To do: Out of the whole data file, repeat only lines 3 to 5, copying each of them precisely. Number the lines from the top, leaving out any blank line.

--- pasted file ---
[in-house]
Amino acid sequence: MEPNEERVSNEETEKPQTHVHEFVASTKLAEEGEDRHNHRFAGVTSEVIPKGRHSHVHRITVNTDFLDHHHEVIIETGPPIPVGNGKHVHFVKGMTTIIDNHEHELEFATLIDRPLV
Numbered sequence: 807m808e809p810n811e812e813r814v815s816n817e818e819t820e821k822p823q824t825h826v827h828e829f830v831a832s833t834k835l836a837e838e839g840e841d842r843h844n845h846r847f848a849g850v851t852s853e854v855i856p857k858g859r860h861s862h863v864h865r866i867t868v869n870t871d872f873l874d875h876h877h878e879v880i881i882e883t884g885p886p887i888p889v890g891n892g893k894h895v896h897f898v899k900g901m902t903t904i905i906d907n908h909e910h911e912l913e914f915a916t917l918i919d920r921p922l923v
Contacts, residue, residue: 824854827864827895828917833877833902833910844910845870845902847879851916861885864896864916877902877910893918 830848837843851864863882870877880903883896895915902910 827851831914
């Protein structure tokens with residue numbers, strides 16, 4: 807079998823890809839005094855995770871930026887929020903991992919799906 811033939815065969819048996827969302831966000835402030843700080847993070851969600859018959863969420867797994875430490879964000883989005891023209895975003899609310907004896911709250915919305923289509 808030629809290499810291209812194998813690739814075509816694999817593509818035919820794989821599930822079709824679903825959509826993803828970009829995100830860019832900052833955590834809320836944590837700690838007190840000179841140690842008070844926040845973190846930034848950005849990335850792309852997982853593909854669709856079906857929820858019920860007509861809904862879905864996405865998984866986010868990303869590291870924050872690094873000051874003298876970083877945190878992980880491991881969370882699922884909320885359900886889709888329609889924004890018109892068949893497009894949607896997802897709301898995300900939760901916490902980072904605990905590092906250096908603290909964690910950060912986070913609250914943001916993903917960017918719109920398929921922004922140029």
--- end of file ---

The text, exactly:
Numbered sequence: 807m808e809p810n811e812e813r814v815s816n817e818e819t820e821k822p823q824t825h826v827h828e829f830v831a832s833t834k835l836a837e838e839g840e841d842r843h844n845h846r847f848a849g850v851t852s853e854v855i856p857k858g859r860h861s862h863v864h865r866i867t868v869n870t871d872f873l874d875h876h877h878e879v880i881i882e883t884g885p886p887i888p889v890g891n892g893k894h895v896h897f898v899k900g901m902t903t904i905i906d907n908h909e910h911e912l913e914f915a916t917l918i919d920r921p922l923v
Contacts, residue, residue: 824854827864827895828917833877833902833910844910845870845902847879851916861885864896864916877902877910893918 830848837843851864863882870877880903883896895915902910 827851831914
């Protein structure tokens with residue numbers, strides 16, 4: 807079998823890809839005094855995770871930026887929020903991992919799906 811033939815065969819048996827969302831966000835402030843700080847993070851969600859018959863969420867797994875430490879964000883989005891023209895975003899609310907004896911709250915919305923289509 808030629809290499810291209812194998813690739814075509816694999817593509818035919820794989821599930822079709824679903825959509826993803828970009829995100830860019832900052833955590834809320836944590837700690838007190840000179841140690842008070844926040845973190846930034848950005849990335850792309852997982853593909854669709856079906857929820858019920860007509861809904862879905864996405865998984866986010868990303869590291870924050872690094873000051874003298876970083877945190878992980880491991881969370882699922884909320885359900886889709888329609889924004890018109892068949893497009894949607896997802897709301898995300900939760901916490902980072904605990905590092906250096908603290909964690910950060912986070913609250914943001916993903917960017918719109920398929921922004922140029």